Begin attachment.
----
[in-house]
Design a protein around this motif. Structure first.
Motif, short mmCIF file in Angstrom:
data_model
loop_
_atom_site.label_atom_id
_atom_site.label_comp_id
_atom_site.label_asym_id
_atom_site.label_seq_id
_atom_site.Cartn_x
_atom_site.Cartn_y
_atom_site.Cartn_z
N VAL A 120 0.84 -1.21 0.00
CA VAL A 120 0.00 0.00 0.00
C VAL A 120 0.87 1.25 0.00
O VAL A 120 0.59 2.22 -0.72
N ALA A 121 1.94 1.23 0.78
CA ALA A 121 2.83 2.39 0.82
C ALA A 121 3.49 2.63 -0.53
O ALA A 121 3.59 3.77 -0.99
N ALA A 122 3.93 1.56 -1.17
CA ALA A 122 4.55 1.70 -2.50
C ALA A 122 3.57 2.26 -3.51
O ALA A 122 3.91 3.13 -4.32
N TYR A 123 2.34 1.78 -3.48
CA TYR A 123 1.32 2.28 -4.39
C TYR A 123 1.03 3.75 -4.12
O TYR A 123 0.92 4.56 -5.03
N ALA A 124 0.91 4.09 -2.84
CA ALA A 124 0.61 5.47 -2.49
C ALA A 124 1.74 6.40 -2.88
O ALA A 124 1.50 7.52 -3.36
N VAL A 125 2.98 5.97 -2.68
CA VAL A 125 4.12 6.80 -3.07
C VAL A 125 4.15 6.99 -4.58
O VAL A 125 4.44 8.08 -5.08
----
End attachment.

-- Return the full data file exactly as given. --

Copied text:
[in-house]
Design a protein around this motif. Structure first.
Motif, short mmCIF file in Angstrom:
data_model
loop_
_atom_site.label_atom_id
_atom_site.label_comp_id
_atom_site.label_asym_id
_atom_site.label_seq_id
_atom_site.Cartn_x
_atom_site.Cartn_y
_atom_site.Cartn_z
N VAL A 120 0.84 -1.21 0.00
CA VAL A 120 0.00 0.00 0.00
C VAL A 120 0.87 1.25 0.00
O VAL A 120 0.59 2.22 -0.72
N ALA A 121 1.94 1.23 0.78
CA ALA A 121 2.83 2.39 0.82
C ALA A 121 3.49 2.63 -0.53
O ALA A 121 3.59 3.77 -0.99
N ALA A 122 3.93 1.56 -1.17
CA ALA A 122 4.55 1.70 -2.50
C ALA A 122 3.57 2.26 -3.51
O ALA A 122 3.91 3.13 -4.32
N TYR A 123 2.34 1.78 -3.48
CA TYR A 123 1.32 2.28 -4.39
C TYR A 123 1.03 3.75 -4.12
O TYR A 123 0.92 4.56 -5.03
N ALA A 124 0.91 4.09 -2.84
CA ALA A 124 0.61 5.47 -2.49
C ALA A 124 1.74 6.40 -2.88
O ALA A 124 1.50 7.52 -3.36
N VAL A 125 2.98 5.97 -2.68
CA VAL A 125 4.12 6.80 -3.07
C VAL A 125 4.15 6.99 -4.58
O VAL A 125 4.44 8.08 -5.08